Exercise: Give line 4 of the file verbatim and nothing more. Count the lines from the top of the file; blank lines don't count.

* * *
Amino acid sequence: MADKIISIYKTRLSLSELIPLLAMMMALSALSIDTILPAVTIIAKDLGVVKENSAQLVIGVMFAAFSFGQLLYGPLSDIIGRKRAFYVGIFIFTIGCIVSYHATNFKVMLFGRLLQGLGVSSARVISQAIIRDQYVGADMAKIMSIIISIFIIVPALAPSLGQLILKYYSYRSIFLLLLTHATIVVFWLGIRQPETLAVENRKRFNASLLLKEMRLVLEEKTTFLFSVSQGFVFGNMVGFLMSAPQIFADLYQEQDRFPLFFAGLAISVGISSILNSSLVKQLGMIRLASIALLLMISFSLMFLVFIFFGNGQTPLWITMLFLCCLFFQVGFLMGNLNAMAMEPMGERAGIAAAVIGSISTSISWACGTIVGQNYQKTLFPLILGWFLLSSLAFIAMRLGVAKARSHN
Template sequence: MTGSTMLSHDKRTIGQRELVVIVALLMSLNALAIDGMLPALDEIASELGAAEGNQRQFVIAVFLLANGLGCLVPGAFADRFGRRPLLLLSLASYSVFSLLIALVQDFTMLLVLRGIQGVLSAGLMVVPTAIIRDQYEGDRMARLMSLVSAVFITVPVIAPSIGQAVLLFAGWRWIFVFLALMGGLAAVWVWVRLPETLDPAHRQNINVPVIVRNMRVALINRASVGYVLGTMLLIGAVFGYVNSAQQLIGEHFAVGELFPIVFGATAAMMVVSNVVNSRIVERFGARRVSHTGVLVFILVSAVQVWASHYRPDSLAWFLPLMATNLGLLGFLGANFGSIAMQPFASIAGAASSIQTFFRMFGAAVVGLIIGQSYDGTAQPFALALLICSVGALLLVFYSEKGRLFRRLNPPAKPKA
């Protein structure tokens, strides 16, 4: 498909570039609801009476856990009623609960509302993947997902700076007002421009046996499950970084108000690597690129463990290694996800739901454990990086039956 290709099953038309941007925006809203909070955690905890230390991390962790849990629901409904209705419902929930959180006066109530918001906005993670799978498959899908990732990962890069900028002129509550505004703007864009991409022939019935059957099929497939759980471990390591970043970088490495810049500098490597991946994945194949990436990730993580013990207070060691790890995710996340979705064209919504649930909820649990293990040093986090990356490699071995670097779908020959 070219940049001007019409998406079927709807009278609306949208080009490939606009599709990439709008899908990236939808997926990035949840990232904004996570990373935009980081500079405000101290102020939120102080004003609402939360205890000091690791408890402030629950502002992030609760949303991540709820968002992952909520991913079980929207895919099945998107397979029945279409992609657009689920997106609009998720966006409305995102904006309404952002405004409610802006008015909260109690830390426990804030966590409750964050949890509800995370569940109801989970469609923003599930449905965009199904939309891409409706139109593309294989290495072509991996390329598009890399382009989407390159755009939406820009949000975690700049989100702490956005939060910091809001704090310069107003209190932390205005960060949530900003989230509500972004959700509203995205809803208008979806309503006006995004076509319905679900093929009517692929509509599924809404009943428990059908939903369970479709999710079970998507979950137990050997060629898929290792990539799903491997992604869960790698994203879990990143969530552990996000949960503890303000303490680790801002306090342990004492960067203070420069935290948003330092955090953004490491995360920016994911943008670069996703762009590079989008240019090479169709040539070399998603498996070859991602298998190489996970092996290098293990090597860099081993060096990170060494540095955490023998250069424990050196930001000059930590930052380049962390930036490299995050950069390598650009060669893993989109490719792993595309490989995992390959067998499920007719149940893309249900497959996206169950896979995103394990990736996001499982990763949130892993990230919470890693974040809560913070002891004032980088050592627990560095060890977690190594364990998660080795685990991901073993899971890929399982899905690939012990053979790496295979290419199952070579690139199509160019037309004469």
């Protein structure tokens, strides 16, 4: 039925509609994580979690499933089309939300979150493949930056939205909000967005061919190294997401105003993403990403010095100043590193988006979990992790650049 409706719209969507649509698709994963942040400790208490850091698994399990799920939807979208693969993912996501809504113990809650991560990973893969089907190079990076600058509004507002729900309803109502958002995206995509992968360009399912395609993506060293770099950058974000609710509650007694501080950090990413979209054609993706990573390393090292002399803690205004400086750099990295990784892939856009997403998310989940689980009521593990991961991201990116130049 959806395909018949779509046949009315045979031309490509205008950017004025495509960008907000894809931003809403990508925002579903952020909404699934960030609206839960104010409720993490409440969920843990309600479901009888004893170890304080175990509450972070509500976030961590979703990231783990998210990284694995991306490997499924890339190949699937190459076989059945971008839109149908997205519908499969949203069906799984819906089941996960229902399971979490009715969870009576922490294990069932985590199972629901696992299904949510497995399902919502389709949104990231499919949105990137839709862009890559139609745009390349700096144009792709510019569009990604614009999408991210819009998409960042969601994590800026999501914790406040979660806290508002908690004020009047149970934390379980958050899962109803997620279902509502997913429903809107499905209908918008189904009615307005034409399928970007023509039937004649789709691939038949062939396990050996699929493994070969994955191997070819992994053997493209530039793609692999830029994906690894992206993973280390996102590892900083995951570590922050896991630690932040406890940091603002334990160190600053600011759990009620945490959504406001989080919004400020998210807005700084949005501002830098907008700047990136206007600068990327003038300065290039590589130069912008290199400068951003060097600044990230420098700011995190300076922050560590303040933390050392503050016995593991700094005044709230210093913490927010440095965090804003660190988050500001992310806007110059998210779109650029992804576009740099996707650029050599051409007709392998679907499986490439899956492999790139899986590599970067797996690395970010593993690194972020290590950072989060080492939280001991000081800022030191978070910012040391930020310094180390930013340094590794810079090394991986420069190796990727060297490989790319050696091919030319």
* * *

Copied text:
């Protein structure tokens, strides 16, 4: 039925509609994580979690499933089309939300979150493949930056939205909000967005061919190294997401105003993403990403010095100043590193988006979990992790650049 409706719209969507649509698709994963942040400790208490850091698994399990799920939807979208693969993912996501809504113990809650991560990973893969089907190079990076600058509004507002729900309803109502958002995206995509992968360009399912395609993506060293770099950058974000609710509650007694501080950090990413979209054609993706990573390393090292002399803690205004400086750099990295990784892939856009997403998310989940689980009521593990991961991201990116130049 959806395909018949779509046949009315045979031309490509205008950017004025495509960008907000894809931003809403990508925002579903952020909404699934960030609206839960104010409720993490409440969920843990309600479901009888004893170890304080175990509450972070509500976030961590979703990231783990998210990284694995991306490997499924890339190949699937190459076989059945971008839109149908997205519908499969949203069906799984819906089941996960229902399971979490009715969870009576922490294990069932985590199972629901696992299904949510497995399902919502389709949104990231499919949105990137839709862009890559139609745009390349700096144009792709510019569009990604614009999408991210819009998409960042969601994590800026999501914790406040979660806290508002908690004020009047149970934390379980958050899962109803997620279902509502997913429903809107499905209908918008189904009615307005034409399928970007023509039937004649789709691939038949062939396990050996699929493994070969994955191997070819992994053997493209530039793609692999830029994906690894992206993973280390996102590892900083995951570590922050896991630690932040406890940091603002334990160190600053600011759990009620945490959504406001989080919004400020998210807005700084949005501002830098907008700047990136206007600068990327003038300065290039590589130069912008290199400068951003060097600044990230420098700011995190300076922050560590303040933390050392503050016995593991700094005044709230210093913490927010440095965090804003660190988050500001992310806007110059998210779109650029992804576009740099996707650029050599051409007709392998679907499986490439899956492999790139899986590599970067797996690395970010593993690194972020290590950072989060080492939280001991000081800022030191978070910012040391930020310094180390930013340094590794810079090394991986420069190796990727060297490989790319050696091919030319």